By Dane Feldman
Photo by Dane Feldman.
Kobeyaki currently has two locations, one in Bryant Park and one in Chelsea. A third Manhattan location is expected to open on the Upper East Side. This review will focus specifically on the Chelsea location on 7th Avenue.
Kobeyaki’s website contains a simple, but catching statement: “a fresh approach to Japanese food.” I can certainly attest to the fact that this is true.
The restaurant offers four kinds of entrees: rolls, bowls, burgers & buns, and salads. The rolls are all a bit further outside the box than your typical sushi roll. Even the California roll at Kobeyaki is surprisingly interesting: fresh water crab meat (real crab!), Japanese mayo, avocado, cucumber, and toasted black and white sesame seeds. Another cooked roll on offer is the grilled vegetable roll: Portobello, tempura sweet potato, carrot, avocado, teriyaki onions, unagi sauce, and kaiware. Raw and broiled rolls are also on the menu.
During my first trip to Kobeyaki, I was almost too overwhelmed to make a decision. I figured I’d order a bowl but the decisions don’t end there. Bowls can be served with white rice, brown rice, udon noodles, or as salads. I went for the udon noodles and had the grilled shrimp (beef, chicken, and vegetable are the other options). It came with grilled edamame, portobello mushrooms, zucchini, onions, carrots, scallions, and sesame seeds, as all bowls do. It was absolutely delicious, came with plenty of vegetables and shrimp, and the teriyaki sauce even had a bit of a bite to it.
If this isn’t enough to lure you into Kobeyaki, the restaurant also serves salad, sides, soup (including, yes, ramen), pork buns, soft shell crab buns (I’m curious about this one) and burgers.
During my walk over to Kobeyaki, I mulled over the kobe beef burger (wagyu beef, teriyaki onions, teriyaki ketchup, and spicy mayo) and the spicy tuna burger (spicy tuna, miso onions, spicy mayo, and wasabi mayo). Both burgers come topped with lettuce, cucumber, carrot, cabbage, scallions, and kaiware. Perhaps it was just sheer paralysis that pushed me into choosing a bowl over a burger, but next time I’ll definitely order a burger. But will it be the beef or the tuna? The other options are just as enticing: the chicken teriyaki burger (chicken, teriyaki onions, teriyaki ketchup, and spicy mayo) and the grilled veggi burger (grilled vegetables, portobello, cream cheese, panko, spicy mayo, and nori) also come topped with lettuce, cucumber, carrot, cabbage, scallions, and kaiware.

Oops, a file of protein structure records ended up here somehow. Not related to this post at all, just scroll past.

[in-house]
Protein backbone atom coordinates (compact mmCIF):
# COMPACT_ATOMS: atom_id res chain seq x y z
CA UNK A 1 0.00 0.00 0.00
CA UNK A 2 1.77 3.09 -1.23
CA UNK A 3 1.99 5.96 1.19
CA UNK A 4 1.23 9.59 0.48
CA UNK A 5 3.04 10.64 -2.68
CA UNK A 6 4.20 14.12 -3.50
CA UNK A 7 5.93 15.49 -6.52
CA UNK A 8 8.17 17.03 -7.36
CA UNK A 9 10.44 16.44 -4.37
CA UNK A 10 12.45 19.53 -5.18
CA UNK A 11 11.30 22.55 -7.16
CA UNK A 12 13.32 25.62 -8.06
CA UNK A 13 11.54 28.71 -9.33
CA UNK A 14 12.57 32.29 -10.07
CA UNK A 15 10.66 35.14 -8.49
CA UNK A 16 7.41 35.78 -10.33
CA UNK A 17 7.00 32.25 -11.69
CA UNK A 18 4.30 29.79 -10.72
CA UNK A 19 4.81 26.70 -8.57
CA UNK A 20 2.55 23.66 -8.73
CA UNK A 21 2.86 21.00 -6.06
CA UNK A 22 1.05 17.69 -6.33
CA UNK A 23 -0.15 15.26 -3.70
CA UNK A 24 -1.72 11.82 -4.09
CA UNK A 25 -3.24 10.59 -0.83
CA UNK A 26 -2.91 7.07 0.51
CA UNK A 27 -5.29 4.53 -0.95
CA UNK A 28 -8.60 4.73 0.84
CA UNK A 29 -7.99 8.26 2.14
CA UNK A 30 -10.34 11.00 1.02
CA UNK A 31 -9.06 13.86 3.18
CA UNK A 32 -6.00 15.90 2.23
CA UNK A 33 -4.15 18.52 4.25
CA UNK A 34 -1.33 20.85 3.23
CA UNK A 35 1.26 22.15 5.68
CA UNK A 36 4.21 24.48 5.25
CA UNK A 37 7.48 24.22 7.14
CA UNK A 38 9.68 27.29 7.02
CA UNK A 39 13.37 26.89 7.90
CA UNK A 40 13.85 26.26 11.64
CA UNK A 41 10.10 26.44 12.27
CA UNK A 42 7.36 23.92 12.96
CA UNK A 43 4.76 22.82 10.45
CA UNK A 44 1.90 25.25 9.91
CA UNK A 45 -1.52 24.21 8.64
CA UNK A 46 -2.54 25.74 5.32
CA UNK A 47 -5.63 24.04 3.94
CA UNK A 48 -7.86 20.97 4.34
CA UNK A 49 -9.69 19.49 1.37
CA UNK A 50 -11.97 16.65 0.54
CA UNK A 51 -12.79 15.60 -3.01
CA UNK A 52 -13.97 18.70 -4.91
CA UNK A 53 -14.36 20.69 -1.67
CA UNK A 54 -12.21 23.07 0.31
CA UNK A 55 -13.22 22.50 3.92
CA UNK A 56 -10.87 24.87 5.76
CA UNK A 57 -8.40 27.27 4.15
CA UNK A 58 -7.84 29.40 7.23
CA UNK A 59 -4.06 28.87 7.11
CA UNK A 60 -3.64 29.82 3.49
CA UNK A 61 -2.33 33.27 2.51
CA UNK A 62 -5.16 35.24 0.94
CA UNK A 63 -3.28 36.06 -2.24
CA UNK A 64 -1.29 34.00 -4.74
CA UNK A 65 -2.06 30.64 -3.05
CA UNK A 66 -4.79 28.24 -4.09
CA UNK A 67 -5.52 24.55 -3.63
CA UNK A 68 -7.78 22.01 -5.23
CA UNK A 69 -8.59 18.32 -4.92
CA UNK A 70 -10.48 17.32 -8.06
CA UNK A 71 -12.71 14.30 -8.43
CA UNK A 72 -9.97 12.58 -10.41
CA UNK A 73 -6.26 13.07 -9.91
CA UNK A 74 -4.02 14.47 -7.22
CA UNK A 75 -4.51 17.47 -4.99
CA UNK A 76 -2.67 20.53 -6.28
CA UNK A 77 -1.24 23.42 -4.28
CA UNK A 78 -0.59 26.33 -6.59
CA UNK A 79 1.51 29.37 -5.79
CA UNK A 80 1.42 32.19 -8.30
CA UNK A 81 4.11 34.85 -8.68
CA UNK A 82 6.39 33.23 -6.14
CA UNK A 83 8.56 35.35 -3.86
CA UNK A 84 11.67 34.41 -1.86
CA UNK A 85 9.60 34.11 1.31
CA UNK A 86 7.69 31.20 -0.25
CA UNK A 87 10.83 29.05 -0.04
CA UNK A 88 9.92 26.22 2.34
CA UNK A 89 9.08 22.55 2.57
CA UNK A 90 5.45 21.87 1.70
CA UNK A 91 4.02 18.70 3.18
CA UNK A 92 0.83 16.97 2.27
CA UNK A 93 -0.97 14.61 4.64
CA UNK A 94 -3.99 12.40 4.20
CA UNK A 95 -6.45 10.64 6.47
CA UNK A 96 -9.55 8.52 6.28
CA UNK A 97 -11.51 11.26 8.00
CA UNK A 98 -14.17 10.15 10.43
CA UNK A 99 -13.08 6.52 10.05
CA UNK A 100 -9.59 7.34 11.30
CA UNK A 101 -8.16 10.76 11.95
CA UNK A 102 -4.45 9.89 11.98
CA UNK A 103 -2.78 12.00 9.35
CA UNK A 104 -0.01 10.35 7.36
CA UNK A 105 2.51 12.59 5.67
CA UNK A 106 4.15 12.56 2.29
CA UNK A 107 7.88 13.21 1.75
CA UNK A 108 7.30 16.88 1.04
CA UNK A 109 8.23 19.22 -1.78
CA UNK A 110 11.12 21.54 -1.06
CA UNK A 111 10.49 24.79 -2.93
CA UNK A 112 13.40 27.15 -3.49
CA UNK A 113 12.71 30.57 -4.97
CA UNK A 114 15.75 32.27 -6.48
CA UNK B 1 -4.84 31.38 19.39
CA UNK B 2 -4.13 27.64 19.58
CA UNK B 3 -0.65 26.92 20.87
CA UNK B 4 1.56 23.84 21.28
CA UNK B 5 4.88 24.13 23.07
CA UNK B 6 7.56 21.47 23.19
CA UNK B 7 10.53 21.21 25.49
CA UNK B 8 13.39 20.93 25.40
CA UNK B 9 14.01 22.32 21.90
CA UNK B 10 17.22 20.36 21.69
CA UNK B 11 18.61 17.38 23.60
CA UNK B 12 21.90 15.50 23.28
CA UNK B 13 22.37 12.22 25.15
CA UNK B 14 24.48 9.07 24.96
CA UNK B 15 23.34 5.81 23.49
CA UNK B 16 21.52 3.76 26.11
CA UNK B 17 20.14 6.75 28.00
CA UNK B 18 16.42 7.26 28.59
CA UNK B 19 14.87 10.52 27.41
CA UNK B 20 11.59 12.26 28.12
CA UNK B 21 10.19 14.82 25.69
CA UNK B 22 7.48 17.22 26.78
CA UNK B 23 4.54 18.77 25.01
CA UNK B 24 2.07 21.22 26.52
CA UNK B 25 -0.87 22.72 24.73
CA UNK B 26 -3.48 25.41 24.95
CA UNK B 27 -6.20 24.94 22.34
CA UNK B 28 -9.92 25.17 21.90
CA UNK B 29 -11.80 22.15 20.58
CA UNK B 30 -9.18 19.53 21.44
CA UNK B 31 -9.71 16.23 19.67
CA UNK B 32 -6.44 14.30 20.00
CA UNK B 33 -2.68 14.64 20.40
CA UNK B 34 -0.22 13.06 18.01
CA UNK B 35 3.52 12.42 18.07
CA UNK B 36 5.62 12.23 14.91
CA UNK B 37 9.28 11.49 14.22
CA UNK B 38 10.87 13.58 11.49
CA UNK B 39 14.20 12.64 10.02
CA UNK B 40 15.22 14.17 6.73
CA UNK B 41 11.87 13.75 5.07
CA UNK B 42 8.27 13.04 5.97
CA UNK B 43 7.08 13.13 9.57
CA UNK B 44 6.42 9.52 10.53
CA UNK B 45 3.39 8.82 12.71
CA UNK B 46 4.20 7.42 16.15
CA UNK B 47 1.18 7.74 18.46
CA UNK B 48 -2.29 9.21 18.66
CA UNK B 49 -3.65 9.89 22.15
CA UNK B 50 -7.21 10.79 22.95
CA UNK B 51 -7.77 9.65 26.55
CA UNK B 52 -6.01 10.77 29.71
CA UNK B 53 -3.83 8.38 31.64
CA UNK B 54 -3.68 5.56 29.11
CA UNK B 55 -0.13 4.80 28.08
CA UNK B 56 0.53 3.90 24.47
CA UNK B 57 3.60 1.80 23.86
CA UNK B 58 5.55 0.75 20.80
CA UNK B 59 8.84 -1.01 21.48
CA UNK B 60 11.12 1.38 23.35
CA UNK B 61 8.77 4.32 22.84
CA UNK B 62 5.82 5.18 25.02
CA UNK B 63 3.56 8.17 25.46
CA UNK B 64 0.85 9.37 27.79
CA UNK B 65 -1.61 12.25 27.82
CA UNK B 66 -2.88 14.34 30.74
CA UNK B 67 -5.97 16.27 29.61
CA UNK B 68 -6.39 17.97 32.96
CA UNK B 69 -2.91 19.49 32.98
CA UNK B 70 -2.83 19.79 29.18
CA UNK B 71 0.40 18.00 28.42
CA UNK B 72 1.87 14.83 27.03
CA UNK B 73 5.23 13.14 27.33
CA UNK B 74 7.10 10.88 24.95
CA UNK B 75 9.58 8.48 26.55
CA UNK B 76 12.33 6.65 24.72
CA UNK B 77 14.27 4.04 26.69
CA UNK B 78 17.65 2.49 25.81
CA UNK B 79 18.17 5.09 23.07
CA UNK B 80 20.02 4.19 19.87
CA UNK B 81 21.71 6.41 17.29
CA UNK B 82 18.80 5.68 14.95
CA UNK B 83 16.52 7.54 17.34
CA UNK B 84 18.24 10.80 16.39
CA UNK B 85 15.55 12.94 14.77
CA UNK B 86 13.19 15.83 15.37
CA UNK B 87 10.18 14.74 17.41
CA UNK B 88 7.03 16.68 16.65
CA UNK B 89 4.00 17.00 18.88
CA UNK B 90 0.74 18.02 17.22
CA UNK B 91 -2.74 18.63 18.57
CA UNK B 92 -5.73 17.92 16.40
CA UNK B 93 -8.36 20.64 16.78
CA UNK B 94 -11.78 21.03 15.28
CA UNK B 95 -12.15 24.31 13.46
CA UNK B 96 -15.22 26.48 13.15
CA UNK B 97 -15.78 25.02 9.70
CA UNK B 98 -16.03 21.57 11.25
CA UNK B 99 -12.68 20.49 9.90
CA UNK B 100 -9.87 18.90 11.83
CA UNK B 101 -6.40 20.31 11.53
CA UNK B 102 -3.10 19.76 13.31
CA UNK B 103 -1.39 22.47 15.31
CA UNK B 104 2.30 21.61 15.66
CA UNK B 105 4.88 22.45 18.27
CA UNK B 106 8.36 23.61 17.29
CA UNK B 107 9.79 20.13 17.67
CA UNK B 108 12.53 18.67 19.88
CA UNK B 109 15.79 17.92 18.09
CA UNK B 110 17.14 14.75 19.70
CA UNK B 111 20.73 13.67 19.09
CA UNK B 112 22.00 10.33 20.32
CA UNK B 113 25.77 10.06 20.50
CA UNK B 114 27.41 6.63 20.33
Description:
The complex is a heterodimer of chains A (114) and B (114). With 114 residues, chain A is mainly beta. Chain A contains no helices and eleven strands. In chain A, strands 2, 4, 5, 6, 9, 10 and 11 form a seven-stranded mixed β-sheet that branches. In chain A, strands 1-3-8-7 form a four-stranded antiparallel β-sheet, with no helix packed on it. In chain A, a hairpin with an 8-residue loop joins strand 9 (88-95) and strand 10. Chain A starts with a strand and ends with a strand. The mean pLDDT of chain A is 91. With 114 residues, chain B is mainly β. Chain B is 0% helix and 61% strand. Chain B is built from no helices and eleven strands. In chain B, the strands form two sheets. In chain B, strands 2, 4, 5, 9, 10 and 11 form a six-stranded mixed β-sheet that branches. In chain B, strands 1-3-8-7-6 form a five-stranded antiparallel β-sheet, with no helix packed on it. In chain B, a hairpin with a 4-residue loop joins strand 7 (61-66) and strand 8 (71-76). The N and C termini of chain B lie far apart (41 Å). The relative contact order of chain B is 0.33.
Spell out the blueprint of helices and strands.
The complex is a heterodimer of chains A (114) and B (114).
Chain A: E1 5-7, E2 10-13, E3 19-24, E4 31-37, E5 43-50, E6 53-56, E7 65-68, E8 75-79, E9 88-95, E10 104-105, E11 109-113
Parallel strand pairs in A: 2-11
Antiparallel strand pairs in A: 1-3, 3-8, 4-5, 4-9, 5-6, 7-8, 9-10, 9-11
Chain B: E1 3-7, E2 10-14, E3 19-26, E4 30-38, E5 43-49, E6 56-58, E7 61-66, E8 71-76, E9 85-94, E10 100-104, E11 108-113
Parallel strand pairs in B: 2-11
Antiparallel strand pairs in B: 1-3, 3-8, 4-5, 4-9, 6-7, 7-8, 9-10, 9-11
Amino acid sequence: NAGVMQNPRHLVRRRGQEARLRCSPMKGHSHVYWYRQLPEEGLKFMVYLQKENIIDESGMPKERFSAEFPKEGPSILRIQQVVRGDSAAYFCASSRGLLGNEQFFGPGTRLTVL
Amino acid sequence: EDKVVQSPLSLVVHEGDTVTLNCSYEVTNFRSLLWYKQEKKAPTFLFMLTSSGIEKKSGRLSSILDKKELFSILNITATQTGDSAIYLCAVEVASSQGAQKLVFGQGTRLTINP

Kobeyaki offers soft drinks, fountain green tea, fountain unsweetened tea, two types of bottled green tea, three types of hot green tea, water, beer, wine, and three types of sake.
Kobeyaki is set up like a typical New York lunch quick-stop lunch spot. Order at the counter, pick up at the counter, dine in, or take out, but the addition of alcohol to their menu helps keep some patrons hanging around for longer than the usual lunch crowd might. It also encourages patrons to come to Kobeyaki for a quick and easy dinner. Kobe beef and sake without a reservation seems pretty enticing to me.
The staff is friendly and the restaurant as a whole is pretty unpretentious. I personally couldn’t see myself taking a fancy date here, but Kobeyaki seems a fitting restaurant for pretty much anything else.